Rosh Hashana 2020: What Do We Do Now?

in Life, Culture & Sports

Our Israel Between the Lines team wishes all of our readers, donors, friends, and family a healthy, happy and sweet Rosh Hashana. We wish you a holiday full of meaning, connection, and celebration and love, wherever you are in the world.

We’re celebrating the Jewish New Year like never before – 2020 style AKA locked down. While there is a deep sadness that families won’t gather in feast like every other year, perhaps this break in the norm is exactly what we need as a people. Perhaps we’re living a divine and sacredly timed opportunity, begging us as individuals to retreat and turn inwards, literally forcing us to make space in our time to reevaluate our past year, reflect on our wrongdoings, and renew our values.

This image was painted by Bracha Fischel, an esteemed mouth painter whose story we shared in our recent publication. Please note: This image is not for private use. Please do not copy. Thank you. Visit Bracha’s website to see more.

As the evils of our world continue to rise up, it is crucial that we, as individuals as part of a larger whole, listen and receive the message being delivered to us, here and now – because as a people, it seems like chaos and contamination are imminent. It seems like humanity has strayed from our simple and present path, and it seems like right now, we have a choice.

The three weeks of high holiday season is known as a time of teshuva, a value deeply embedded in Jewish religion and culture. Teshuva is commonly translated to mean repentance, yet the word’s etymology stems from the Latin word, pain. Not necessarily the bad kind of pain, but the growing kind, the one where we are stretched and expanded – invited to grow just a little more deeply into ourselves.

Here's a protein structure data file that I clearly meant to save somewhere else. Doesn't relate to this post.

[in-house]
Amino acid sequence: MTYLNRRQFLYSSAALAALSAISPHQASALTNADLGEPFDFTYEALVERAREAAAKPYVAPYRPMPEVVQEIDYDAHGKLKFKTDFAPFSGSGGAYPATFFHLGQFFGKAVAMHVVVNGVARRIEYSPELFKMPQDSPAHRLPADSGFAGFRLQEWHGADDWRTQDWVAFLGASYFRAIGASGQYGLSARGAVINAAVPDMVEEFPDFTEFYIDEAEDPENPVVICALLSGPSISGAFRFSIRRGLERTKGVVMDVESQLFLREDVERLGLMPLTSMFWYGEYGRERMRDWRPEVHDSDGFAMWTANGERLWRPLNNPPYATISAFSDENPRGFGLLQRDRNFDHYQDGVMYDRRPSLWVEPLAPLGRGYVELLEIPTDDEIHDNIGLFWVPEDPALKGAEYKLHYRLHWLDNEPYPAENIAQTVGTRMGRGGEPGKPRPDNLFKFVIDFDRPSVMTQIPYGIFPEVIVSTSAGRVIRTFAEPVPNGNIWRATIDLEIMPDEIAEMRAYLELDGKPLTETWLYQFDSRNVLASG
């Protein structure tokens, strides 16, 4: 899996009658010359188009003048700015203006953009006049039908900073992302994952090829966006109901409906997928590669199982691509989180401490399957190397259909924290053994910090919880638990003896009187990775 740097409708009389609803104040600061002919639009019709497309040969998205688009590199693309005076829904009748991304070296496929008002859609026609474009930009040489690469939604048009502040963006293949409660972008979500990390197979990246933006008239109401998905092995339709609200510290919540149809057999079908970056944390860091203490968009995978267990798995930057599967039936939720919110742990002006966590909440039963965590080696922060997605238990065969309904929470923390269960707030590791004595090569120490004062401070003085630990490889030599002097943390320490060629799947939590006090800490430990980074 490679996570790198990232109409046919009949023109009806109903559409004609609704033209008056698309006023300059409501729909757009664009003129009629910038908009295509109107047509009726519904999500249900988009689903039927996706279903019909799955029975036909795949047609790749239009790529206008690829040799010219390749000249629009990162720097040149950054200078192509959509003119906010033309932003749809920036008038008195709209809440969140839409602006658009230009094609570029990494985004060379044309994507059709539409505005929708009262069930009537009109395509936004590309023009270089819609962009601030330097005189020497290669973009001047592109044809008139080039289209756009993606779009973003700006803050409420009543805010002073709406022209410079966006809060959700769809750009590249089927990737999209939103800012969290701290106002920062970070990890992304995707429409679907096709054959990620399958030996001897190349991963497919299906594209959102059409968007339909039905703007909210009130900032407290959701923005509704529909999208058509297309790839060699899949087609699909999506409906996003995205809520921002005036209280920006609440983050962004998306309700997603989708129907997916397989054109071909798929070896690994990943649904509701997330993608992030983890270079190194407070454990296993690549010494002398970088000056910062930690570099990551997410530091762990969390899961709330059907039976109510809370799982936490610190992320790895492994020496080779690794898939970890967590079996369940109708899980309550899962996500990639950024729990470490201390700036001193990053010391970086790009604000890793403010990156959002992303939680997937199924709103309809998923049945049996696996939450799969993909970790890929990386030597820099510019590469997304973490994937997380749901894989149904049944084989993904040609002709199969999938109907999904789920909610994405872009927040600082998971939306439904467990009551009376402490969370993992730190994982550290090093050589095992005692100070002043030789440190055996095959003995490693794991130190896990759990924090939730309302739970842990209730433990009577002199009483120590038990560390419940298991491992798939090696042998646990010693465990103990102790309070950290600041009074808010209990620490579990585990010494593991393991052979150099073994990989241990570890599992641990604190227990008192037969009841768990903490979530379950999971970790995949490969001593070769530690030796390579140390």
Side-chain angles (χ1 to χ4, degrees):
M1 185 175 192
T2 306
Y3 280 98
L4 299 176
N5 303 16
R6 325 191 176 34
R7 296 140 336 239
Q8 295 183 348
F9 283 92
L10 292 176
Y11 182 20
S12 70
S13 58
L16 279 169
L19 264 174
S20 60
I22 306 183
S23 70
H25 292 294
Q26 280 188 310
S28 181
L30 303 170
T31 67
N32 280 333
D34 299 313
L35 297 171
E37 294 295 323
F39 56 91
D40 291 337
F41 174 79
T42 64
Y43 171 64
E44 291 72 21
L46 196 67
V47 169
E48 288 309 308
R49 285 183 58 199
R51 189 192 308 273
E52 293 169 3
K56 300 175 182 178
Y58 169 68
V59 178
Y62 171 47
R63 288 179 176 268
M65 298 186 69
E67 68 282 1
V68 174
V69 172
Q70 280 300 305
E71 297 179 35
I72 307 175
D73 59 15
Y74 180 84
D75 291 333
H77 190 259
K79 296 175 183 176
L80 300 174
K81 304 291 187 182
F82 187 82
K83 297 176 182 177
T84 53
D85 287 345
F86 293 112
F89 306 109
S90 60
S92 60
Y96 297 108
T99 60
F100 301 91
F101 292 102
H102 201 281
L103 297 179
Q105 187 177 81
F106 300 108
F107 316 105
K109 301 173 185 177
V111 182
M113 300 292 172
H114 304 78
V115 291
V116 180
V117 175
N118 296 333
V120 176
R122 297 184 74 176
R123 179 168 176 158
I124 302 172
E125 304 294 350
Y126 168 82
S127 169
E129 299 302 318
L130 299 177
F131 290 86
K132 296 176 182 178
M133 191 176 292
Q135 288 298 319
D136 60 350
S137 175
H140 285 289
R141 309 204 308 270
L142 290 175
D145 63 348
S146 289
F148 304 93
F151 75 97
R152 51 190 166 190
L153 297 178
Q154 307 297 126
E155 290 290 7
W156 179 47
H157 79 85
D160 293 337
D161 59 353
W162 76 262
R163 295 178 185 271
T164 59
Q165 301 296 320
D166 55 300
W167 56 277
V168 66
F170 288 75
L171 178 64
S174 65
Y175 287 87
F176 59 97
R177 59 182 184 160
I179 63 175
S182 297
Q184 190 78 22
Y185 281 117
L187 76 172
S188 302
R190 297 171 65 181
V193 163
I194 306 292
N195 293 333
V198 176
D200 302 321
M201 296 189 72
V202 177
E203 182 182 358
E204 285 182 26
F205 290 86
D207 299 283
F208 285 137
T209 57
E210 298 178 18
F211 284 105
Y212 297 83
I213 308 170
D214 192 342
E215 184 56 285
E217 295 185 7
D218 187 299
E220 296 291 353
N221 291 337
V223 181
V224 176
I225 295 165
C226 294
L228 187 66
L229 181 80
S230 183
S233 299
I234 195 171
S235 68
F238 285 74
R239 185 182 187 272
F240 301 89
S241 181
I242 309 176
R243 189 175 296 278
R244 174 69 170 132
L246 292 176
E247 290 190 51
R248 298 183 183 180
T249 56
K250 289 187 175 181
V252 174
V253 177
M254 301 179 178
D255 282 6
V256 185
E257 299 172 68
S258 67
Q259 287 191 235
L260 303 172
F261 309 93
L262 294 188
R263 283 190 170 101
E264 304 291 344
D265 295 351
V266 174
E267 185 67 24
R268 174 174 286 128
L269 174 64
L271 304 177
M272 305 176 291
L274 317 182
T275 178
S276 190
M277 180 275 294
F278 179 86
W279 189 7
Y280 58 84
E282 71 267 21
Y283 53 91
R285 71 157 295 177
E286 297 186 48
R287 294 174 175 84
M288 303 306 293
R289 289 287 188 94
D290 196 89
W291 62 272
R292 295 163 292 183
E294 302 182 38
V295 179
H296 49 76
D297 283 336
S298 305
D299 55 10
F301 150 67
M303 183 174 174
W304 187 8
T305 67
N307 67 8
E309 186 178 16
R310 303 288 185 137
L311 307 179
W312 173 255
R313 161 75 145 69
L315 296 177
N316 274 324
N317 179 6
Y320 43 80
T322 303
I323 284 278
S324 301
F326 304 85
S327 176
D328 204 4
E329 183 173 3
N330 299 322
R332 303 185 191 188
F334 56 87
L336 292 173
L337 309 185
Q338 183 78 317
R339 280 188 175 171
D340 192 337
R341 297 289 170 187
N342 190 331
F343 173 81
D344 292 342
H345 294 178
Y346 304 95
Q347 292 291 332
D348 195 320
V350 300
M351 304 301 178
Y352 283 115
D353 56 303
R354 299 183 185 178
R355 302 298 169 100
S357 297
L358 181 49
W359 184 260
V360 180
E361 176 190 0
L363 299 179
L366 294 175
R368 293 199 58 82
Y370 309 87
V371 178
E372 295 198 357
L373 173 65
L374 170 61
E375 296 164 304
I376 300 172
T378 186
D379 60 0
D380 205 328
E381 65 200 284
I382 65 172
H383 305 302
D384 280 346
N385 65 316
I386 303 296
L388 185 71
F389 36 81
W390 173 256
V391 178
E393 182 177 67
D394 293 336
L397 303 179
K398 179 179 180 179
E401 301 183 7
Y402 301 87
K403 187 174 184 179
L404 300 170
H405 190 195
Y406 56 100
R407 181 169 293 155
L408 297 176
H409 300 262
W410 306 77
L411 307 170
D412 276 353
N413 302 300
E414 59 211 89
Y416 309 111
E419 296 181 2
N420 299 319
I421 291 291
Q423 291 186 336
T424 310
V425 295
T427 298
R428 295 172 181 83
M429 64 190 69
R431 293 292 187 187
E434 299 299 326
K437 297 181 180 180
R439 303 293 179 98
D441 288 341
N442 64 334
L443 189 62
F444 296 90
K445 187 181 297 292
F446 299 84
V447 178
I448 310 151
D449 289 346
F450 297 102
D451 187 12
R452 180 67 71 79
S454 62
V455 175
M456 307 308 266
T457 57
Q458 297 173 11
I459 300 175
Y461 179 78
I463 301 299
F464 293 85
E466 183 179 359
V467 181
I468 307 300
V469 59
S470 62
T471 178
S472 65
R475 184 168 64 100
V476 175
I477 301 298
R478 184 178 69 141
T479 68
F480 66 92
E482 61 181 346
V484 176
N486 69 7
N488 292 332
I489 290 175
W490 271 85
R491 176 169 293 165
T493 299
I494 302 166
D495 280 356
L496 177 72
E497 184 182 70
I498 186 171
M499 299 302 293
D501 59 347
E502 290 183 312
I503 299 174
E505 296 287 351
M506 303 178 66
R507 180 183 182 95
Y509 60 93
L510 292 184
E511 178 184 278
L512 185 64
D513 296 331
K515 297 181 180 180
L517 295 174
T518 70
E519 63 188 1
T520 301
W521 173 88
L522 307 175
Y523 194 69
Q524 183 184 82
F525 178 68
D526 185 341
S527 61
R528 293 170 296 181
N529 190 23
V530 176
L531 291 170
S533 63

How do we manage the exponential growing pains of 2020? Teshuva also means “return.” Perhaps a return from sin, and so repentance. Maimonides, the great Jewish thinker, lists three phases of repentance – desisting from sin, confessing, and feeling regret. By reflecting throughout this cycle of repentance, we can return from sin – which implies that first and foremost, we came from good.

Can returning to where we came from be the answer? Teshuva also translates to “answer,” and every answer assumes there is a question. Without each of us questioning ourselves, our ego, our self, our essence, our evil – how can we make the return to good, and do so as a collective?

What does it mean to return to good? For me, it means releasing the expectation and exploitation of society and getting back to the basics of what matters. It means letting go of the weight, the noise, and the fear, and deeply reflecting on the values that support a humanity which practices integrity, sustainability, authenticity, and freedom. It means personally and collectively setting the intention to move forward from this year of darkness to welcome an era of light.

How can we move forward and return at the same time? The truth is, what comes easily is not as powerful as what requires moral effort. Yet in a world that works towards creating more ease, perhaps it has become more challenging to flex our human muscles of morality. The more effort each of us is willing to make, the more power and chance we have to return as a collective.

What must we do? Stop everything. Confess truly. Regret fully. Question the ego, so that we can return to our essence. Return to the good. Trust in the good. Believe in the good. Practice good. Commit to using your internal resources. Find and connect to your moral compass, your intellect, your emotion, your truth, your wisdom. Move out of your head and into your heart. Because in a world scattered in mind and madness, the answer is always a return to love.

Based in the startup city of Tel Aviv, Zo is a hippie entrepreneur who is professionally passionate about wellness, wisdom, women, writing, and chocolate croissants. By day, she works as a creative consultant, and by heart, she founded School of Shine a positive resource and community for spirited women who aspire to live happier and healthier every day.

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